WASHINGTON: The $US2000 debit cards issued after Hurricane Katrina to buy emergency supplies were used in some cases to pay for gambling, pornographic movies, tattoos and even a diamond engagement ring, according to two government reports that detail grotesque fraud and mismanagement in which hundreds of millions of dollars were squandered.
The fraud was on such a scale that emergency aid was paid to almost one million bogus applicants, hindering the Bush administration’s response to the disaster.
The two reports—released before a separate congressional investigation that will today condemn President George W.Bush and his top aides—come a week before Mardi Gras in New Orleans, where large swaths are still without electricity or running water, and as 40,000 people left homeless by the hurricane were set to be evicted from hotel rooms across the US.
The two audits of the $US2.3billion in emergency cash spent in the weeks after the hurricane found that 900,000 of the 2.5million applicants who received federal aid did so after fraudulent claims.
Because the Federal Emergency Management Agency’s oversight of cash payments was so flawed, the agency made “millions of dollars of payments” to applicants with bogus addresses, names, or Social Security numbers.
The audits, by the Government Accountability Office and the Department of Homeland Security’s inspector-general, found debit cards issued for emergency supplies were often used for purchases unrelated to disaster aid, including pornographic movies, gambling, a $US450 tattoo, a $US1300 .45-calibre handgun and a $US1000 diamond engagement ring.
The debit cards were also used to make bail payments and to pay parking fines.
In one case, 17 applicants used fake names and addresses to collect more than $US103,000 in aid. About 80 of more than 200 sample addresses claiming to have been homes damaged by Katrina were visited by auditors and found to be vacant lots or “bogus apartments”.
The reports also detail millions in overspending, including evacuees being housed in $US438-a-night hotel rooms in New York and in beachfront condominiums in Panama City, Florida, costing $US375 a night.
Almost 11,000 trailer homes bought by FEMA are sitting empty in Hope, Arkansas, sinking intomud.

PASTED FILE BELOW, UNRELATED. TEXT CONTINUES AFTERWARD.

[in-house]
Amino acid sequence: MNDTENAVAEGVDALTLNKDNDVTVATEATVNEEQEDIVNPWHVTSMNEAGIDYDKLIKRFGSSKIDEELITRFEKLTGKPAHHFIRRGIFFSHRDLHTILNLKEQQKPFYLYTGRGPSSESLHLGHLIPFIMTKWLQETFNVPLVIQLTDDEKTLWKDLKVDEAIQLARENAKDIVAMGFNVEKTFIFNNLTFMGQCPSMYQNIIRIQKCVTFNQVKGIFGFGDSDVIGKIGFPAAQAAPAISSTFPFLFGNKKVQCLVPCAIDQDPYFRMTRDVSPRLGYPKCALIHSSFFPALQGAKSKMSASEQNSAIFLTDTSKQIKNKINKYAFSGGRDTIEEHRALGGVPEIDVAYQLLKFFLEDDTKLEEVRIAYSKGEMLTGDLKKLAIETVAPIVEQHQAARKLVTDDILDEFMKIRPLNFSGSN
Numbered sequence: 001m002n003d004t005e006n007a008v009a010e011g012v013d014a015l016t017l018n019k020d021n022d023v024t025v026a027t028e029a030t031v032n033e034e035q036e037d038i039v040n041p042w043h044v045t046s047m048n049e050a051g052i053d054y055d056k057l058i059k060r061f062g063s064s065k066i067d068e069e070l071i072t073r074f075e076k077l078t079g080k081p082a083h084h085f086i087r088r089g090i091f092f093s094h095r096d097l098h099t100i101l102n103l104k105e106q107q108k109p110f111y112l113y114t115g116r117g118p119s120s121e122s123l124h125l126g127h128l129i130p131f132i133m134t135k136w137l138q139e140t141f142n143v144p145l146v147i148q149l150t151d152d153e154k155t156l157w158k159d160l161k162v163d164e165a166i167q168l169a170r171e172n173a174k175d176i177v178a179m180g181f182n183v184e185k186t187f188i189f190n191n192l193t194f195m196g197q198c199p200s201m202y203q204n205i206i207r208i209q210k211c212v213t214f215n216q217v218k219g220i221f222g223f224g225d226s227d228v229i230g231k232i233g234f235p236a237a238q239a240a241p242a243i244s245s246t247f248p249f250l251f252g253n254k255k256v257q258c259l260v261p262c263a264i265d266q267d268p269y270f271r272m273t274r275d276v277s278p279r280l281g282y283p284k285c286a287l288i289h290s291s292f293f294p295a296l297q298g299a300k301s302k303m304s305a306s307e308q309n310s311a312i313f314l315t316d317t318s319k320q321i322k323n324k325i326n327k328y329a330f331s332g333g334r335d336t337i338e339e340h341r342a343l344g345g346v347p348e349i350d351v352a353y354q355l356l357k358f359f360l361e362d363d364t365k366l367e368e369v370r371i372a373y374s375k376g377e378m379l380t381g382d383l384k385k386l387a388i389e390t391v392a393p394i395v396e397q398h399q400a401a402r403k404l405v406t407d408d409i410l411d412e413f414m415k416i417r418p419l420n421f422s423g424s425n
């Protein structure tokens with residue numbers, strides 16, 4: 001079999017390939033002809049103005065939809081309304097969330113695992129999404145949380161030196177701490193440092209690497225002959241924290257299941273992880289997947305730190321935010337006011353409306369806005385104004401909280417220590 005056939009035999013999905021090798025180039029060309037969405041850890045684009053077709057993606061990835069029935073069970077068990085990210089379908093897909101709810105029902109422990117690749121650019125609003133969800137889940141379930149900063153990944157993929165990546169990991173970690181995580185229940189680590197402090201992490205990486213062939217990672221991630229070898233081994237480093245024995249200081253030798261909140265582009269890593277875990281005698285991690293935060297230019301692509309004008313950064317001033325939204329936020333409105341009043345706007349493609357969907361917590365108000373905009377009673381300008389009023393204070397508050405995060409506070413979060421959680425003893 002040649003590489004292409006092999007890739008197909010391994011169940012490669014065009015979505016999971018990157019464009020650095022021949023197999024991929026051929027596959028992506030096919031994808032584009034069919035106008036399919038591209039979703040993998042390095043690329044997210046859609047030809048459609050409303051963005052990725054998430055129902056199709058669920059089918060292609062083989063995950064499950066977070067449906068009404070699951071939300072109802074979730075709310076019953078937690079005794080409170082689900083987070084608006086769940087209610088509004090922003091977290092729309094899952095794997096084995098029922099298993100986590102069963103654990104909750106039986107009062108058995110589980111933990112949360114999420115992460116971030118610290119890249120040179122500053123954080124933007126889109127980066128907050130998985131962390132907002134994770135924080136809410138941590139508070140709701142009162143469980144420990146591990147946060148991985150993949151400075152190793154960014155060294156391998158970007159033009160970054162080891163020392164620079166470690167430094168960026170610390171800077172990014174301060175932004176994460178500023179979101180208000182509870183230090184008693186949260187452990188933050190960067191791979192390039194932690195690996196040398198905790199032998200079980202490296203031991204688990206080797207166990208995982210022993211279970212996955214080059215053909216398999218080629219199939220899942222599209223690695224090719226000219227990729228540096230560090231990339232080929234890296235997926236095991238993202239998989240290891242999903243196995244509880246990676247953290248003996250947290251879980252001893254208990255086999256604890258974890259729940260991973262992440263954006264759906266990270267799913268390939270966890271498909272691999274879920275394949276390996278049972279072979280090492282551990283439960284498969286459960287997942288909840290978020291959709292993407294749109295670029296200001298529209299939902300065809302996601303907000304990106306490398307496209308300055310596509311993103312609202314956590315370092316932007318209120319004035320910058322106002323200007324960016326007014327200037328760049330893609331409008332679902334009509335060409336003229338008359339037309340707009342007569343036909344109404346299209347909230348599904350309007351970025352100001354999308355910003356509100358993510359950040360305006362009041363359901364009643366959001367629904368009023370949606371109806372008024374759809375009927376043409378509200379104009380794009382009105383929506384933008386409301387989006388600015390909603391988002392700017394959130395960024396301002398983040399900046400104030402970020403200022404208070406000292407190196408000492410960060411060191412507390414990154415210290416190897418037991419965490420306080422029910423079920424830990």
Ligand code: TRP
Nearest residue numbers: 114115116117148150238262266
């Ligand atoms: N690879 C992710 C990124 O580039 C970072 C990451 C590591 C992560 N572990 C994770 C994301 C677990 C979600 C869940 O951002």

The reports precede a damning indictment of the Bush administration’s failures before and after Katrina, to be published today by a congressional committee composed exclusively of Republicans.
Democrats had boycotted the committee, claiming it would result in a whitewash. But the 11 house Republicans have produced a 600-page report savaging the administration, as well as state and local government, for a litany of failures.
Of most political concern to the White House, the congressional report says the US Government has failed to learn the lessons of the September11 terror attacks.
The congressmen say earlier involvement by Mr Bush “could have speeded the response”.
They also say that 56 hours before Katrina hit, the National Weather Service cited an “extremely high probability” that New Orleans would be flooded.
Given those warnings, the report notes remarks made by Mr Bush after the disaster, in which he said: “I don’t think anybody anticipated the breach of the levees.”
The congressmen say: “Comments such as those . . . do not appear to be consistent with the advice and counsel one would expect to have been provided by a senior disaster professional.”
The report singles out Michael Chertoff, Mr Bush’s Secretary of Homeland Security, for most criticism. He triggered the Government’s emergency response “late, ineffectively or not at all”, it says, delaying a flow of federal troops and aid by three days.